2: "He who lacks his." There is a bonus for having two of these three Tarots (or "the Trull"): the Fool, the Magician (I), and the World (XXI) and there is a penalty for not having any of them. Should a player have none of these three Tarots, he pays one point to whomever has two of them.
3: Ten Trumps are worth one point of each one (10). Fifteen Trumps are worth two (30). Twenty Trumps are worth three(60) ( This is clearly an ancestor of the modern French Poign=E9e.)
4: A player having the four honors ( King, Queen, Knight, or Page) of each rank (called "Imperiale" in this account, but in some later variants, such as German or Danish Gro=DFtarock games, such combinations would sometimes be called "Cavallerie") wins one point of each one. This apparently means that all four Kings in one hand score 20 points total; for four Queens, this would be 16; four Knights, 12; and four Pages, 8.
5a: "Brizigole" (4 greatest or 4 least Trumps): A player having the four greatest Trumps held in hand; The World (XXI), Judgement (XX), The Sun (XIX), and The Moon (XVIII) or the four least trumps; The Magician (I), The High Priestess (II), The Empress (III) and The Emperor (IV) wins one point of each one.
5b: For the five greatest; The World (XXI), Judgement (XX), The Sun (XIX), The Moon (XVIII) and The Star (XVII) or the five least; The Magician (I), The High Priestess (II), The Empress (III), The Emperor (IV) and The Pope (V); two points.
5c: For the six greatest; The World (XXI), Judgement (XX), The Sun (XIX), The Moon (XVIII), The Star (XVII), and The Tower (XVI) or the six least; The Magician (I), The High Priestess (II), The Empress (III), The Emperor (IV), The Pope (V), and The Lovers (VI); three points.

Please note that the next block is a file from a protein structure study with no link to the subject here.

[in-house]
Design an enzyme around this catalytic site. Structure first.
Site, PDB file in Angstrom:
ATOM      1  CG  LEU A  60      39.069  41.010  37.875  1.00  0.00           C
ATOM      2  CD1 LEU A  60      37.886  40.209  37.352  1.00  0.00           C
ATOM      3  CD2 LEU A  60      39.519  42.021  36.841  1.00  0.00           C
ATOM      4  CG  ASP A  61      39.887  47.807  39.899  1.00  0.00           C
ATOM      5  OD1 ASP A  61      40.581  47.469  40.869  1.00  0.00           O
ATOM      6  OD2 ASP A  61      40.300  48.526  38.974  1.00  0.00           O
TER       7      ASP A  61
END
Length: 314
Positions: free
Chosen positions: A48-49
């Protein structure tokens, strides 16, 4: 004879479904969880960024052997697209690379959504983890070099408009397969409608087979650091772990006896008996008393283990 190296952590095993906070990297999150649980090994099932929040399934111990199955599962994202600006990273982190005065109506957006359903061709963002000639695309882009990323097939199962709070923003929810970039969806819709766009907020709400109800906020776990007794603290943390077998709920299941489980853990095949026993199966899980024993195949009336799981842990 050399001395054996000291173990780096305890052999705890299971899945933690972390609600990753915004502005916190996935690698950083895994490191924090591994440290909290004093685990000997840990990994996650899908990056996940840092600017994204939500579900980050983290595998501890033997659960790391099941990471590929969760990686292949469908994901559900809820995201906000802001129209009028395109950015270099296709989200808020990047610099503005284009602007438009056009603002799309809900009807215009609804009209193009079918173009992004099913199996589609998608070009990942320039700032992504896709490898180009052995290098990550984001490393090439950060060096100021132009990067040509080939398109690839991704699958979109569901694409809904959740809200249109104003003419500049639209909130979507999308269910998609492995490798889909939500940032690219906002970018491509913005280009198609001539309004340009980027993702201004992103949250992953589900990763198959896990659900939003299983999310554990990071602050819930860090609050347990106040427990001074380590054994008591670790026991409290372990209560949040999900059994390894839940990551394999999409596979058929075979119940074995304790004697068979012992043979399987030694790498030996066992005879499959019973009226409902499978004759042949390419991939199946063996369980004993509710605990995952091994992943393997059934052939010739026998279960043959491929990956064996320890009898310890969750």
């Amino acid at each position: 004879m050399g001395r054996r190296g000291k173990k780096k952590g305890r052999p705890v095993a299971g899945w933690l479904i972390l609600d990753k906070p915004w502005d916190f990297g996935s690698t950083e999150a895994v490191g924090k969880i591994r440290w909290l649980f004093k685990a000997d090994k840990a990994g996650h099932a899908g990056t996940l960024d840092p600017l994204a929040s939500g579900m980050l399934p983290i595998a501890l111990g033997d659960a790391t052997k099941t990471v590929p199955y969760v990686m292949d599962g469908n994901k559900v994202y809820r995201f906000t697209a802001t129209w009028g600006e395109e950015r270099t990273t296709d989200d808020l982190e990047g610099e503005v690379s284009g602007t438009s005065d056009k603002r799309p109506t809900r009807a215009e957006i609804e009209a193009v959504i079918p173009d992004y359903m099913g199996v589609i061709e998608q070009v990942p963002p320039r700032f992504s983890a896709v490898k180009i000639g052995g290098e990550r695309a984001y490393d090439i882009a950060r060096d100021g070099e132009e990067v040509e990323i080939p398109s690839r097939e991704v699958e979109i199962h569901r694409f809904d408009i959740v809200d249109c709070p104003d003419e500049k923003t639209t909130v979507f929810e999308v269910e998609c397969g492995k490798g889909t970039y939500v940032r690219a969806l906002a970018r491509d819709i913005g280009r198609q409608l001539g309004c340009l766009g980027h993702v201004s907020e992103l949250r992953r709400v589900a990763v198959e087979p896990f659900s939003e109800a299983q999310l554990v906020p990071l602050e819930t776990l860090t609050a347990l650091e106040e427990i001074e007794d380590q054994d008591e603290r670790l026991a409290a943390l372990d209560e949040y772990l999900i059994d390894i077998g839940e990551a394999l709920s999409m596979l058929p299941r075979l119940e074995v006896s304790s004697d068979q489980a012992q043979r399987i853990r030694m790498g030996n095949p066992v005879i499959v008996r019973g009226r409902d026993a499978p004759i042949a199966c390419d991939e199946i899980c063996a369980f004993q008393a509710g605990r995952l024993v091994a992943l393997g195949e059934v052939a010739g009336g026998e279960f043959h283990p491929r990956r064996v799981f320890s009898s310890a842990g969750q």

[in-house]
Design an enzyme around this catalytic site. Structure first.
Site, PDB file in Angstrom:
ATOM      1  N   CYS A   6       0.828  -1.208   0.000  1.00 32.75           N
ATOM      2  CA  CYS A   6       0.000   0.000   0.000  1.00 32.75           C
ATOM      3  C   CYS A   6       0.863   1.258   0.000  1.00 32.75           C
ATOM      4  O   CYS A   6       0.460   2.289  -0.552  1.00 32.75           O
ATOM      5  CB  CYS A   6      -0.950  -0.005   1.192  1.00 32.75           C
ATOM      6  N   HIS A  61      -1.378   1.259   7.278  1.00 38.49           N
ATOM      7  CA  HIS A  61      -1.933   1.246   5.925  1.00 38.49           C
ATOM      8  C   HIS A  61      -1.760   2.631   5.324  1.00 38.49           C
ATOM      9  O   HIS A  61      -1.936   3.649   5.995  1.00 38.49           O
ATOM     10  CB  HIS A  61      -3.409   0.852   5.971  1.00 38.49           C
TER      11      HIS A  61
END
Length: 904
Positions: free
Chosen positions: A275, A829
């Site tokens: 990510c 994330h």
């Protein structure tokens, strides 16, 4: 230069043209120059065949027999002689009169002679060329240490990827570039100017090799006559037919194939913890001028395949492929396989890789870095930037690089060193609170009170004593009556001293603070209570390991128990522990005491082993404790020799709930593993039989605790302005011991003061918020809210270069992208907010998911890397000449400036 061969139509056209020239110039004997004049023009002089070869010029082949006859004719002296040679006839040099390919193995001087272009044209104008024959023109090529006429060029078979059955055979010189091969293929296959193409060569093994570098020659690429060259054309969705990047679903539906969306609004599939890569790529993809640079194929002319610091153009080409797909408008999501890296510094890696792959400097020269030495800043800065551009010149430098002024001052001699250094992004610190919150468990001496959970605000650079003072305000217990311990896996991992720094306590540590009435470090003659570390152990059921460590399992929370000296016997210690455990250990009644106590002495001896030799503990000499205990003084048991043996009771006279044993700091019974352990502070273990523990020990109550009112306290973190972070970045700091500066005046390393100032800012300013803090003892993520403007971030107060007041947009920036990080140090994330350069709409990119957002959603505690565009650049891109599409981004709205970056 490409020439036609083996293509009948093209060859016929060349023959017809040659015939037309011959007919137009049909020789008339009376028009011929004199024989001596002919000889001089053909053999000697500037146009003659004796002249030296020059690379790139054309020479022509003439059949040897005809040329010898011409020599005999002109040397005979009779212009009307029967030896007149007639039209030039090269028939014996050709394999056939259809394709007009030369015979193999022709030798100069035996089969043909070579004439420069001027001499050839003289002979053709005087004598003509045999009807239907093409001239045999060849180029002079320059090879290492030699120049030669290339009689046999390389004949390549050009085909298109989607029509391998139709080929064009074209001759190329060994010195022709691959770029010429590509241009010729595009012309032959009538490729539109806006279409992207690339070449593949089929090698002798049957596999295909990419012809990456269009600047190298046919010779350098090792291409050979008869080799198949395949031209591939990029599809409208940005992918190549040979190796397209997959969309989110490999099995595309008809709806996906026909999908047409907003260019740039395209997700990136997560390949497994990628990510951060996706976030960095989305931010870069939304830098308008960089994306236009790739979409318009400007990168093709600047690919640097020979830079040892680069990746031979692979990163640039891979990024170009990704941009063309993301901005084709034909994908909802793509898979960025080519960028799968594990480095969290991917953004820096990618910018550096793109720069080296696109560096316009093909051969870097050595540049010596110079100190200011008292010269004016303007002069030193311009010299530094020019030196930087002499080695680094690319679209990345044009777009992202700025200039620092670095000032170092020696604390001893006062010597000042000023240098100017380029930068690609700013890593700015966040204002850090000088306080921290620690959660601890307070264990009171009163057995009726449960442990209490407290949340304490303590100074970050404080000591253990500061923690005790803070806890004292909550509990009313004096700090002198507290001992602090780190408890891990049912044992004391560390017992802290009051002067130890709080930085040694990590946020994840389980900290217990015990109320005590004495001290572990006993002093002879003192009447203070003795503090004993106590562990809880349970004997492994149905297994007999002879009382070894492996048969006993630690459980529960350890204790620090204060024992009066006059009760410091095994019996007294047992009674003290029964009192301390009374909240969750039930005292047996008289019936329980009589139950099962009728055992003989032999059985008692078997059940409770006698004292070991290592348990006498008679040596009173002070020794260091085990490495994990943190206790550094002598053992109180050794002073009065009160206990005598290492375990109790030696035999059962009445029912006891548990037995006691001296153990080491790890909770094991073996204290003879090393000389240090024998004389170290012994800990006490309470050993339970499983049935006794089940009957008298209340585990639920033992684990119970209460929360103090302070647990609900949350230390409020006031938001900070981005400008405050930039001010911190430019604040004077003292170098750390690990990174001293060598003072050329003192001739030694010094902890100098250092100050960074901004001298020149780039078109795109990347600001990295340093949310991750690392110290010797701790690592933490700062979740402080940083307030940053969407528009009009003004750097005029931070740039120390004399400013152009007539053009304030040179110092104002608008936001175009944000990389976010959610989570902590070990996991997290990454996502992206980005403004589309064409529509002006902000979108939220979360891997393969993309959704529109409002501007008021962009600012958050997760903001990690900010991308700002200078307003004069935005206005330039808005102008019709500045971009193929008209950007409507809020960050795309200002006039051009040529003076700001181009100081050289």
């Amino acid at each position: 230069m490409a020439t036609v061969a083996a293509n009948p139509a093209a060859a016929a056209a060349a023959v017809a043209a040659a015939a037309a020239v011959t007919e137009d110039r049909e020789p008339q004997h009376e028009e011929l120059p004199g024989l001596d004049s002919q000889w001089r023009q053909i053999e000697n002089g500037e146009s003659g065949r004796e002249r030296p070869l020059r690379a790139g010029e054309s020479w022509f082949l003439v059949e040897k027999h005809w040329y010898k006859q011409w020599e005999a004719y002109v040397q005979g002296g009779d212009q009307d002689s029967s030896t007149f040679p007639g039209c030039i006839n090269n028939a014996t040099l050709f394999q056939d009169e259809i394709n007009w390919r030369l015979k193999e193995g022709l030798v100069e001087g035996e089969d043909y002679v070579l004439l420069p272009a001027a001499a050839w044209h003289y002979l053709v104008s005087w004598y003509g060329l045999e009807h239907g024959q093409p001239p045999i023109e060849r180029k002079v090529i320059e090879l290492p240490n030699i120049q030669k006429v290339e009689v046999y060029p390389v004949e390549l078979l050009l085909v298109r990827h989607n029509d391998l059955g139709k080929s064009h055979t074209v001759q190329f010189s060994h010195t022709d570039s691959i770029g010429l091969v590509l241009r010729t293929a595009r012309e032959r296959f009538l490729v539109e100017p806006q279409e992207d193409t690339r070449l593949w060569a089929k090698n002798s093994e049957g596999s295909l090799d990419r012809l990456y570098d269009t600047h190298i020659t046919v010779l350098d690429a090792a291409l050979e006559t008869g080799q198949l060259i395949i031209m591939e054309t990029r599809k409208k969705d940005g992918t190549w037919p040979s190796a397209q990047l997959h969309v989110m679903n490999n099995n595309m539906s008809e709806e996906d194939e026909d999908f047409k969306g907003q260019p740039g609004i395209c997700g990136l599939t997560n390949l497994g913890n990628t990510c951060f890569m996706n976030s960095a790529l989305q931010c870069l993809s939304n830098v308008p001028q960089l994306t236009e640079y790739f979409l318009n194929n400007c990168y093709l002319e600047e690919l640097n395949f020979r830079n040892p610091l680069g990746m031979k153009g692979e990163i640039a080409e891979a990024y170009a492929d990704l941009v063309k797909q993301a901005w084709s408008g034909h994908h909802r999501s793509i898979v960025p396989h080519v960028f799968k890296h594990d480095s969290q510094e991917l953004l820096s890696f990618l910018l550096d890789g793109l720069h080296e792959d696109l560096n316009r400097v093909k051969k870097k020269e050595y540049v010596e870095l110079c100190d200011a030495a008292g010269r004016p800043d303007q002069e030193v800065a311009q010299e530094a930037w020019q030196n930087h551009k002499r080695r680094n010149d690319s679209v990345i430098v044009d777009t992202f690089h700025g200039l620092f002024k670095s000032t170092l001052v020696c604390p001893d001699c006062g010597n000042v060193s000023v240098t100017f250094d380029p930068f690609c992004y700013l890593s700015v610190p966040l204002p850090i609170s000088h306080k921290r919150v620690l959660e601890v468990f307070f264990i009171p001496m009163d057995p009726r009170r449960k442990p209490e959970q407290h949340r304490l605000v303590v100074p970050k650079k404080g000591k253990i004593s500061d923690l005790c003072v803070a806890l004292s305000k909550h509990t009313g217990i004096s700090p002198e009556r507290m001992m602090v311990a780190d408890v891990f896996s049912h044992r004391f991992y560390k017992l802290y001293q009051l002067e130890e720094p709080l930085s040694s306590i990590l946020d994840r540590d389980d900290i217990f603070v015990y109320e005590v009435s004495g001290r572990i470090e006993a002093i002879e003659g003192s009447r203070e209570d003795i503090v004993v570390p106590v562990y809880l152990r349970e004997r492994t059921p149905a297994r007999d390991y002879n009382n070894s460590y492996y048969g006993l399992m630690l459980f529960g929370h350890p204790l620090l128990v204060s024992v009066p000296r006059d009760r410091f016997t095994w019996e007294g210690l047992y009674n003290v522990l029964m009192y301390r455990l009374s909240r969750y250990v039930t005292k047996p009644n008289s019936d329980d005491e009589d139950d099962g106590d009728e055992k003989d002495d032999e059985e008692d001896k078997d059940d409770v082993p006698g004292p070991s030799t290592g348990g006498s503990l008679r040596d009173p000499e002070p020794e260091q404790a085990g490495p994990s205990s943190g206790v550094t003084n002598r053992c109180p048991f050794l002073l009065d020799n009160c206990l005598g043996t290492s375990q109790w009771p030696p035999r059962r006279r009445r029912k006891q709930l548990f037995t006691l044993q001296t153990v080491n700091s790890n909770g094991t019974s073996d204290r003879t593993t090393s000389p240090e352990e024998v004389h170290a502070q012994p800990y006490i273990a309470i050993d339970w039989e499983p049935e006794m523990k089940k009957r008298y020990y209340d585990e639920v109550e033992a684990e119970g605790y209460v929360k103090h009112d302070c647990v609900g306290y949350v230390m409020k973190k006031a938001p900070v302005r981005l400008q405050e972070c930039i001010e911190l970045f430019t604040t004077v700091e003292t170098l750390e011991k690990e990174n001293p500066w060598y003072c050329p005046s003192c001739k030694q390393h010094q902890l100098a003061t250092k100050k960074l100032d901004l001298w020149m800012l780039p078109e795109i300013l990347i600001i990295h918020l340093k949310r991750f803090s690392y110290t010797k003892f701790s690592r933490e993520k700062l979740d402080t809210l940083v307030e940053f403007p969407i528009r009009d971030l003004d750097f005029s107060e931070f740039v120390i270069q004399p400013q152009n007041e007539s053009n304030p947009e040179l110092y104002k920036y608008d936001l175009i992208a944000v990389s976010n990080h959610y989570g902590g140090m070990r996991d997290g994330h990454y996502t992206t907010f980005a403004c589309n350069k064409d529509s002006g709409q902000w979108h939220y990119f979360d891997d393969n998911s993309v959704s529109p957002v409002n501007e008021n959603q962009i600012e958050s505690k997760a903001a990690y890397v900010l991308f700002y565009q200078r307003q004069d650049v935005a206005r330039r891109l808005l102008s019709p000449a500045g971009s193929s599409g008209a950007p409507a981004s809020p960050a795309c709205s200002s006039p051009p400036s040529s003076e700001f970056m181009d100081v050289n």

All the above combinations must be declared at the start of the first trick for them to count towards the total score.
There are also bonuses for Petit au bout or Pagat Ultimo, that is, winning the final trick with the Magician(I) and for K=F6nig Ultimo, winning the final trick with a King. Such achievements are worth 6 points.
The Fool (The Excuse): This account appears to be very much in keeping with the way it is played in modern French Tarot. I shall thus paraphrase from John McLeod's Rules of Card Games website as it pertains to this variant for those not familiar with it: If you hold the excuse you may play it to any trick you choose - irrespective of what was led and whether you have that suit or not. the excuse can never win the trick - the trick is won as usual by the highest trump, or in the absence of trumps by the highest card of the suit led. It is legal to lead the excuse, and in this case the second player to the trick can play any card, and this second card defines what suit must be followed. The player that played the excuse keeps it in his trick pile, even though he may have lost the trick to which it was played. If the trick is in fact won by the opponents of the player of the excuse, the trick will be one card short; to compensate for this, the player that played the excuse must transfer one card from his trick pile to the winner of the trick. This will be a card of no point value; if he does not yet have such a card in his tricks, he can wait until he takes a trick containing such a card and transfer it then.
The method used to count the cards appear to be that of grouping them in three's. I shall quote from John McLeod's website to illustrate this counting method. "A group consisting entirely of empty cards is worth one point. A group containing one valuable card is worth the value of that card. A group containing two valuable cards is worth one less than the sum of their values. A group containing three valuable cards is worth two less than the sum of their values. A group containing four valuable cards is worth three less than the sum of their values."
Though the above rules may have been discovered too late to meet the deadline for Dummett's "The Game of Tarot," and what you are now reading may very well be the first time these rules have been exposed to the anglophone world, there will soon be, according to Depaulis, a new edition of the book, written by both Dummett and McLeod, under the title, " The Tarot Family of Card Games," which will include these rules as well as, no doubt, numerous others.
James D. Wickson